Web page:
Fractions

What is a fraction?      Numerators and Denominators

A fraction is a part of a whole. It is when something is divided into equal parts.

It is vitally important that your child understands exactly what a fraction is.

I normally use cakes, pies or pizzas to help students visualise this. I draw a circle to represent the cake, usually a chocolate cake and draw a line through it dividing it in two. How many equal pieces are there? ... 2 What do we call each piece? ... a half.
How would we write this? ... ½.

I then try to get them to explain why we write ½ - what does it actually mean?

If they had ½, then the '1' would be number of equal parts that they had and
'2' would be the total number of parts that would make up the whole cake.

They have 1 part out of a total of 2 parts. 1 out of 2.

I then draw another cake, divide it into four and shade in their part.

How many equal pieces are there? ... 4    What do we call each piece?... a quarter .
How would we write this? ... ¼.

Why do we write ¼ - what does it actually mean?

If they had ¼, then the '1' would be number of equal parts that they had and
'4' would be the total number of parts that would make up the whole cake.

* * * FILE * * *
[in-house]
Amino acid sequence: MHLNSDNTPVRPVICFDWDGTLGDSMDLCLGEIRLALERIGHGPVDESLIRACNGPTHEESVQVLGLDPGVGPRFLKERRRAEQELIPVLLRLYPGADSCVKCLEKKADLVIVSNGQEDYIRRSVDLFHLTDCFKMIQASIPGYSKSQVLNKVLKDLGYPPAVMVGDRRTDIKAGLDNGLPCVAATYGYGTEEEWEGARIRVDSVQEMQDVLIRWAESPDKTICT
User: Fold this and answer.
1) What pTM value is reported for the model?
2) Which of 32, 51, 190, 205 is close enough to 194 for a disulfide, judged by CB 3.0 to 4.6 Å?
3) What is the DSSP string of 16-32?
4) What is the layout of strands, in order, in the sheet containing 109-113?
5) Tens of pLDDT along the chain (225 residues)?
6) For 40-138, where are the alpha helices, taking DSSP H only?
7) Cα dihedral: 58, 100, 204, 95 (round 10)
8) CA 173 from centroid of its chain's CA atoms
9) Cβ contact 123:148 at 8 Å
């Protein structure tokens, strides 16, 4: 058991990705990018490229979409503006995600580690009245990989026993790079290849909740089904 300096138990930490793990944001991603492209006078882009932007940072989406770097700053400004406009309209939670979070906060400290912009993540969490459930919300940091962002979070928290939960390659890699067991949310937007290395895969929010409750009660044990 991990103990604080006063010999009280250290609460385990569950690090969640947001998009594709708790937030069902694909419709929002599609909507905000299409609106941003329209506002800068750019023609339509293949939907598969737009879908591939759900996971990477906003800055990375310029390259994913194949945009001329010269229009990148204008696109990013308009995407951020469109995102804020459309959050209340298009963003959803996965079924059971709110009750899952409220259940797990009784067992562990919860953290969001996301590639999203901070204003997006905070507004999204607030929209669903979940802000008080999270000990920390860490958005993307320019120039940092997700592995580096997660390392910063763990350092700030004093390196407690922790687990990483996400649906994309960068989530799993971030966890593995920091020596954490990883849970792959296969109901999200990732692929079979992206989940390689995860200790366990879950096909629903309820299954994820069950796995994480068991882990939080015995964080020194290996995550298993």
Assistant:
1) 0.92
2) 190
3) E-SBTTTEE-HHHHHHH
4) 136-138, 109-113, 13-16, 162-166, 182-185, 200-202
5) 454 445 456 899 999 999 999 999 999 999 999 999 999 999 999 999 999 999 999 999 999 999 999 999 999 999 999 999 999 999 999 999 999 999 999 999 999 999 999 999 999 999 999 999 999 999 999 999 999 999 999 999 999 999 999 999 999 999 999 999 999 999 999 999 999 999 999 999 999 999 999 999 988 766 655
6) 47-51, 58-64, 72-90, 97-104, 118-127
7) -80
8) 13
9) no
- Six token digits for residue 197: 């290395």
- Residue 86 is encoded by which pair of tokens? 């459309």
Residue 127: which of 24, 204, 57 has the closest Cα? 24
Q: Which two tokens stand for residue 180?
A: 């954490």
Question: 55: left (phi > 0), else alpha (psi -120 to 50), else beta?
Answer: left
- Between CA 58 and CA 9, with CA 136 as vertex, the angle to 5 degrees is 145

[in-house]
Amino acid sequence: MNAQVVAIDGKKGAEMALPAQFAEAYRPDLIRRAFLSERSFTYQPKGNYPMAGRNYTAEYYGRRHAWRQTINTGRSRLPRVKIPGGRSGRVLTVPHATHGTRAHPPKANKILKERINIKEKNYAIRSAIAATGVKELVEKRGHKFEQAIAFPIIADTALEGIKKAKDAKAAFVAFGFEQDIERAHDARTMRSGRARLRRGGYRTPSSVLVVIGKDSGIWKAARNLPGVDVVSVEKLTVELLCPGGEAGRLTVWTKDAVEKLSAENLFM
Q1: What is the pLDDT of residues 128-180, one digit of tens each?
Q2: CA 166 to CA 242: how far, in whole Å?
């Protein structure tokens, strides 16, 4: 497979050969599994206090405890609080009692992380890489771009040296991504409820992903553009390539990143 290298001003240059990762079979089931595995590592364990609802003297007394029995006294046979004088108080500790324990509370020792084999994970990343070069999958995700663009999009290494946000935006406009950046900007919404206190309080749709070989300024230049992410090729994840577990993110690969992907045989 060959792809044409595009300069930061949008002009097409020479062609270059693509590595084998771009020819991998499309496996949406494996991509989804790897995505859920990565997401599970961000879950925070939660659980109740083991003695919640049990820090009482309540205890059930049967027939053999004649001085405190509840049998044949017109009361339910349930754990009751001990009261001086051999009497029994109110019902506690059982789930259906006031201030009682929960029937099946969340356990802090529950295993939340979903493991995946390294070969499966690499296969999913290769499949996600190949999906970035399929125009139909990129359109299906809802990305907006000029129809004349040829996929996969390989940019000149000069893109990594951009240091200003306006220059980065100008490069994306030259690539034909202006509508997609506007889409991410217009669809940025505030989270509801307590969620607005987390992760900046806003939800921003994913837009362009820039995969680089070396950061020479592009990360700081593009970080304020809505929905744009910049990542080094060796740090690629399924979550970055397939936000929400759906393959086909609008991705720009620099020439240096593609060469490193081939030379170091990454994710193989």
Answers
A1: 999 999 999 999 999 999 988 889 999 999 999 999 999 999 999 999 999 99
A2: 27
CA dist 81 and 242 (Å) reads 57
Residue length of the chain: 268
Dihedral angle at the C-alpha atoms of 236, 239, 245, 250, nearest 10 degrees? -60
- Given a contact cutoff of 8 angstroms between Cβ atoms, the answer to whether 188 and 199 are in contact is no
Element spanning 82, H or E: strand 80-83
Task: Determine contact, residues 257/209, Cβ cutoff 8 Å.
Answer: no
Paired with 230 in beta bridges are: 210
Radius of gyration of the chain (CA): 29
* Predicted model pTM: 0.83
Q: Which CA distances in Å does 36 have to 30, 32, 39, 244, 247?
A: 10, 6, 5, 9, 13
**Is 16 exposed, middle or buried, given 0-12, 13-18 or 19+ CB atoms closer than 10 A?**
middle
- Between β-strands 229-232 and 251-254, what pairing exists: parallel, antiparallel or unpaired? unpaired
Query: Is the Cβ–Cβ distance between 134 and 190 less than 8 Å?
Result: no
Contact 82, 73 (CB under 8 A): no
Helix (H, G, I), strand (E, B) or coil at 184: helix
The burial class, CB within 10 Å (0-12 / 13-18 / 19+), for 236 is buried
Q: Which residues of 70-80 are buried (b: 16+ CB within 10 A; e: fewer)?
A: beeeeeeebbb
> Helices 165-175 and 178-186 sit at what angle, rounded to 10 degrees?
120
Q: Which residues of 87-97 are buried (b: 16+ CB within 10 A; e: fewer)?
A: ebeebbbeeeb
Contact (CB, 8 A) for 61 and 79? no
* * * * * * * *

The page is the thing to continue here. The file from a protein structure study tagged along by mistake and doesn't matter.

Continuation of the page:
They have 1 part out of a total of 4 parts. 1 out of 4.

Continue this with 1/3's, 1/8's, 1/10's etc until they really understand that the top number is the 'number of equal parts in the fraction' and that the bottom number is the 'total number of equal parts that make up the whole'.

Then draw a circle, divide it into four and shade in three sections.
How many equal pieces are shaded? ... 3    What do we call each piece?... a quarter .
How would we write this? ... ¾.

If they had ¾, then the '3' would be number of equal parts that they had and
'4' would be the total number of parts that would make up the whole cake.

They have 3 parts out of a total of 4 parts. 3 out of 4. Three quarters.

Continue this with 2/3's, 3/8's, 7/10's etc again until they really understand that the top number is the 'number of equal parts in the fraction' and that the bottom number is the 'total number of equal parts that make up the whole'.

I know that we are repeating the same thing over and over, but they will get quicker at it.

This online resource Interactive Fractions from 'Maths is Fun' will help.

This Fraction worksheet from Primary Resources is excellent practice.
________________________________________

Remember these names - think of D for down or 'Downominator'

________________________________________

These basic worksheets are good to practice working out fractions

and this Fractions Poster from Primary Resources
is a good memory aid.

Also try this Match the Fraction animation
from 'Maths is Fun'